Imagine you’ve got a speech coming up — a webinar, a pitch, a virtual summit, or — if you are really feeling masochistic — remember when we could be on stages in front of real people?
Either way — it’s you, your confidence, your ideas, and an audience you are trying to persuade. And really all public speaking is about persuasion. It’s about helping the audience see the world a certain way, so you can invite them to see it another way.
And while there is no formula for a compelling #mikedropmoment worthy speech, there are a few things you should avoid saying:
When will it get wet?
“This part might be a little dry.”
Whether in the bedroom or the boardroom, no one wants to hear this before things get started. It’s our job to figure out how to make it … ummm… not dry. Instead, start with a story, frame the dry parts based on what the audience wants and needs, or try to use a metaphor to help us see it in a different way.
What if they say “no?”
“Can I tell you a story?”
Unless you are giving the audience a chance to choose their own adventure and say “no, don’t tell us a story” — you are gonna be far more captivating if you just … ahem … start telling a story. A great way to transition: “which reminds me of this time when …” or “and that’s exactly what we learned back in 2015 when …”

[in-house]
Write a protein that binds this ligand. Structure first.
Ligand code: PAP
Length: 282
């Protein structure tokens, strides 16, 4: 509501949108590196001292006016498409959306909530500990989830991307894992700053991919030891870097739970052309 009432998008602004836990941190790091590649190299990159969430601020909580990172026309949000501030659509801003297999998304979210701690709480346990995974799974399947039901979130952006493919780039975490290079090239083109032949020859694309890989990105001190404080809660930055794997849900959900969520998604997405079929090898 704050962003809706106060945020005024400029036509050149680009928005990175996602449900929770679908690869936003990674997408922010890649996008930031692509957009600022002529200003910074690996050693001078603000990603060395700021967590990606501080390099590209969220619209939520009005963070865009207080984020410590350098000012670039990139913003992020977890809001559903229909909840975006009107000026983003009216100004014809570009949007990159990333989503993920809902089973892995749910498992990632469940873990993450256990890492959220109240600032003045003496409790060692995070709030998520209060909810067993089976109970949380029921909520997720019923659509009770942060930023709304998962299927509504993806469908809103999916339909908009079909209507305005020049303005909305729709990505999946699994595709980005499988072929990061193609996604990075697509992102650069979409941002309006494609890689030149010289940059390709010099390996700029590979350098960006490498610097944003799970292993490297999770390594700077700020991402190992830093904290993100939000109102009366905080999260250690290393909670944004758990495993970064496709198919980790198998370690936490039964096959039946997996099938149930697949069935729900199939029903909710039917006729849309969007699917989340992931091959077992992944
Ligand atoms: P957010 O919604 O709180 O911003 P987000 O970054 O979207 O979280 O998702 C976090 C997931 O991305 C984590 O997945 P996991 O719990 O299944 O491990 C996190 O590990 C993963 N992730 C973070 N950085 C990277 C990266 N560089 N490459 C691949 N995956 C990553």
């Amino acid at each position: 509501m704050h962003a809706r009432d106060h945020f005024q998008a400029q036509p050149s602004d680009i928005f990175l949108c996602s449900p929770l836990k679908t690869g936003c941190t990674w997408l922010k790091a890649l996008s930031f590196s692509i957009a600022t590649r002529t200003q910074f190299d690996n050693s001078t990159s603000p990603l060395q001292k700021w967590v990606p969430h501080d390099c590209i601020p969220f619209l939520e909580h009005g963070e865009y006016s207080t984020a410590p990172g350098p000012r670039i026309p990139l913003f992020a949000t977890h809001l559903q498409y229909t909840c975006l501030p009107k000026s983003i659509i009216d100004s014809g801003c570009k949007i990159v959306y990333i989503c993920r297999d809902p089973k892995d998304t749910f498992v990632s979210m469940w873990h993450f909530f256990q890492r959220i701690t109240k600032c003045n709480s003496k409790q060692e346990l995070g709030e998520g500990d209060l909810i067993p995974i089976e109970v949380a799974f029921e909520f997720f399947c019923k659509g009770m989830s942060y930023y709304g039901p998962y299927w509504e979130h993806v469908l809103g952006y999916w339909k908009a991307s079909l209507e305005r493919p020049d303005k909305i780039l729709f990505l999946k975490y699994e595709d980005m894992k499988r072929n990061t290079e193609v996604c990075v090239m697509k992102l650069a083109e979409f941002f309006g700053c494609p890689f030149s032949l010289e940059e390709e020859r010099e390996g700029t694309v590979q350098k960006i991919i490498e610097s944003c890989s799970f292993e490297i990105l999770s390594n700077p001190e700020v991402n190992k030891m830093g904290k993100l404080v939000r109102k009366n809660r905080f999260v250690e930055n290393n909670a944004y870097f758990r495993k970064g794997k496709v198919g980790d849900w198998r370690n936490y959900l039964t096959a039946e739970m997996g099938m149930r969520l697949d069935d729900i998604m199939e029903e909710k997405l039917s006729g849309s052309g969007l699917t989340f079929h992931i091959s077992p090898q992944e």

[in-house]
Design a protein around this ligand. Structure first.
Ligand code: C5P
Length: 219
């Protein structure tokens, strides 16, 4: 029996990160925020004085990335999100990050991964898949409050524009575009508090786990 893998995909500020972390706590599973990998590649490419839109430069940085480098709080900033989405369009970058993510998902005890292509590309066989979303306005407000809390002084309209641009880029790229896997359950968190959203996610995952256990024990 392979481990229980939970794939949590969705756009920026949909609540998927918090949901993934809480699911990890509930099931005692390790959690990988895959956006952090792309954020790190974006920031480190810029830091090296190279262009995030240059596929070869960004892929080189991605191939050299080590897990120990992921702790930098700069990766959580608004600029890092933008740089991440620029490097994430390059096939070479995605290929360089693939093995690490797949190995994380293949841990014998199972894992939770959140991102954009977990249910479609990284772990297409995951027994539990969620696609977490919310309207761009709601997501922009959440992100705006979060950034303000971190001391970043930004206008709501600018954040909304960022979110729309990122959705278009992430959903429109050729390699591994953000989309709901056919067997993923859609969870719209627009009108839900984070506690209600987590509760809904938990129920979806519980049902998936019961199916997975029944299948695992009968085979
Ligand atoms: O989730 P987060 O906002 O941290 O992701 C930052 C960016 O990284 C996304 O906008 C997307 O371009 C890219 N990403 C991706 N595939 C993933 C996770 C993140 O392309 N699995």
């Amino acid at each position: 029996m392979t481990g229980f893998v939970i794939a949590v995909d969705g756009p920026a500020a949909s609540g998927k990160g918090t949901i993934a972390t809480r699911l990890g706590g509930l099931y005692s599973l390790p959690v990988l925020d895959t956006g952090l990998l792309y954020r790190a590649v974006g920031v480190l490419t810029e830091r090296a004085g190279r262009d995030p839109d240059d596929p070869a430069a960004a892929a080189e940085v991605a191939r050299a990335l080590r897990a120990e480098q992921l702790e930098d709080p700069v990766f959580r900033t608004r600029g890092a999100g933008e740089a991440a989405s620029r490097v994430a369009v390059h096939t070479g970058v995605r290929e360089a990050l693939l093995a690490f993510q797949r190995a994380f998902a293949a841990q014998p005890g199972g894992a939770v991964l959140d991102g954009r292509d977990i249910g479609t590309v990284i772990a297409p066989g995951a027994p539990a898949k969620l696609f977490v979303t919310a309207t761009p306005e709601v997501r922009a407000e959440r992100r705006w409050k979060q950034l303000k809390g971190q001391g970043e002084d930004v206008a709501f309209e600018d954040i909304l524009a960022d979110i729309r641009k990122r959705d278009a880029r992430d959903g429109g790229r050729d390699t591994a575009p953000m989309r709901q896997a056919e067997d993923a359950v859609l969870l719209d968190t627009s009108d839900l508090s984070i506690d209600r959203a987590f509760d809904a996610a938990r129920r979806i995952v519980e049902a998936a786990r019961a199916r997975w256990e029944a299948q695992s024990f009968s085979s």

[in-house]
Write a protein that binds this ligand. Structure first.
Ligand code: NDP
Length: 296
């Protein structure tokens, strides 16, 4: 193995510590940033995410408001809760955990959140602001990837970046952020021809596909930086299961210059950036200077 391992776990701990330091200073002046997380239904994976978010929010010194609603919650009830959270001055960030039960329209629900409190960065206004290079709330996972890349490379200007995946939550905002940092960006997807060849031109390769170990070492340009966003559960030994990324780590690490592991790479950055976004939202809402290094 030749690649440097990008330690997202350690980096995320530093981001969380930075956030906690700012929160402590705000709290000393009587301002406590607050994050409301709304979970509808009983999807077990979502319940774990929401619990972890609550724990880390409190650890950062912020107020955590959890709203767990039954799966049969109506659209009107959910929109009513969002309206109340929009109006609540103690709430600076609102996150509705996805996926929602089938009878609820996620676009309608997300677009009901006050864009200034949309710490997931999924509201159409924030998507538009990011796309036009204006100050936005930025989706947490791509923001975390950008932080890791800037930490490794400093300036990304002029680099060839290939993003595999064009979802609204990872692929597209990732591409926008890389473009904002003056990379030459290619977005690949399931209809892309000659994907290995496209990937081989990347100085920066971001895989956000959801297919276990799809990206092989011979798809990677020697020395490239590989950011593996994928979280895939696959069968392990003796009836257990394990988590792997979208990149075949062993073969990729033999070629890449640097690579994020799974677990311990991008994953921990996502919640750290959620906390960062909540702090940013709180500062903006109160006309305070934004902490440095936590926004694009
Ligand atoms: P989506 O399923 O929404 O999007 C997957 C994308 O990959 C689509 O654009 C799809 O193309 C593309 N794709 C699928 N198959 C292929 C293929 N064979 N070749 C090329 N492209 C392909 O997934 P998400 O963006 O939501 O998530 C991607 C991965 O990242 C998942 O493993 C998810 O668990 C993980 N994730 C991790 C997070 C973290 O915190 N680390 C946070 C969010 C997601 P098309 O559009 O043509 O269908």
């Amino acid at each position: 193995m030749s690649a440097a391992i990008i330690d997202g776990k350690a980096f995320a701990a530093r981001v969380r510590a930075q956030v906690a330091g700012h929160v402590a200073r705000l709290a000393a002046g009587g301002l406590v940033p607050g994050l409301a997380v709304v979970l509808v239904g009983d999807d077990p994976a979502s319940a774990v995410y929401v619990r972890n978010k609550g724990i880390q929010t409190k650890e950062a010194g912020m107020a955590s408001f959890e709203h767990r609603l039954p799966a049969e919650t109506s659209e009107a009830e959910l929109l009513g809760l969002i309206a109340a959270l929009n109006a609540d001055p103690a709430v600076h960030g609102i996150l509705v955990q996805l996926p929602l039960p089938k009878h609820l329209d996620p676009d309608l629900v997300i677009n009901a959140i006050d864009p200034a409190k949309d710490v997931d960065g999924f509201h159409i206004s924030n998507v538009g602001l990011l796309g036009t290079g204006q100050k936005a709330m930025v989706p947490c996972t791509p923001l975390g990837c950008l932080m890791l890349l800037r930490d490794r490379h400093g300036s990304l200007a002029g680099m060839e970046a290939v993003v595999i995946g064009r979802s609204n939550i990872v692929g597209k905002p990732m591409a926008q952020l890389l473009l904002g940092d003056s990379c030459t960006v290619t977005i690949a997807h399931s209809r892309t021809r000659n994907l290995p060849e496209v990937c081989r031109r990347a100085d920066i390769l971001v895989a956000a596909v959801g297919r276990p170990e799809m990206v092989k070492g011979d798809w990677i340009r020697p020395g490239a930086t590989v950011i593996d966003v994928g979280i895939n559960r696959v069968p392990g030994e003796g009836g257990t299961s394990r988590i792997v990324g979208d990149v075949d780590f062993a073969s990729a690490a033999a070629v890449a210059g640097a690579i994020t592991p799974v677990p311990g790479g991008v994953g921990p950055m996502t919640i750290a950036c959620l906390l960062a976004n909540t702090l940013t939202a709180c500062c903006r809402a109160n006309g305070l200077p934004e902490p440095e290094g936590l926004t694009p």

Didn’t you design this deck?
“I know the bullet points are small.”
This is typically saved for those times you are in front of people in a board room or on stage, but I’ve even seen it on webinars lately. Maybe it even sounds like “I know you can’t see that graph” or “I know it’s hard to tell what this data is sharing.” It’s our job as speakers to curate the experience the audience is having with our information, data, and content. Instead, build your slides so they complement what you saying, put a new idea on each slide with large font, then summarize it at the end of that section with bullets. For data and graphs, quickly show us the big picture but then zoom in on what this means for us.
So should I look for the holes now?
“I didn’t have enough time to prepare.”
No quicker way to make your audience doubt your message then by telling them you didn’t have time to think it through yourself either. Instead, trust yourself, have confidence in your ability to speak on your topic, and make sure your argument has a logical flow that leads the audience to a decision about what to do or how to think differently.
Yay! I miss reading time from school.
“Let me just read this to you.”
Why not just send it in a PDF or eBook so I can read it myself? We are interested in your take on what’s happening. We want you to help us make sense of it. So do that instead of reading us your bullet points or slides. Instead, use questions on your slides or notes to help guide you.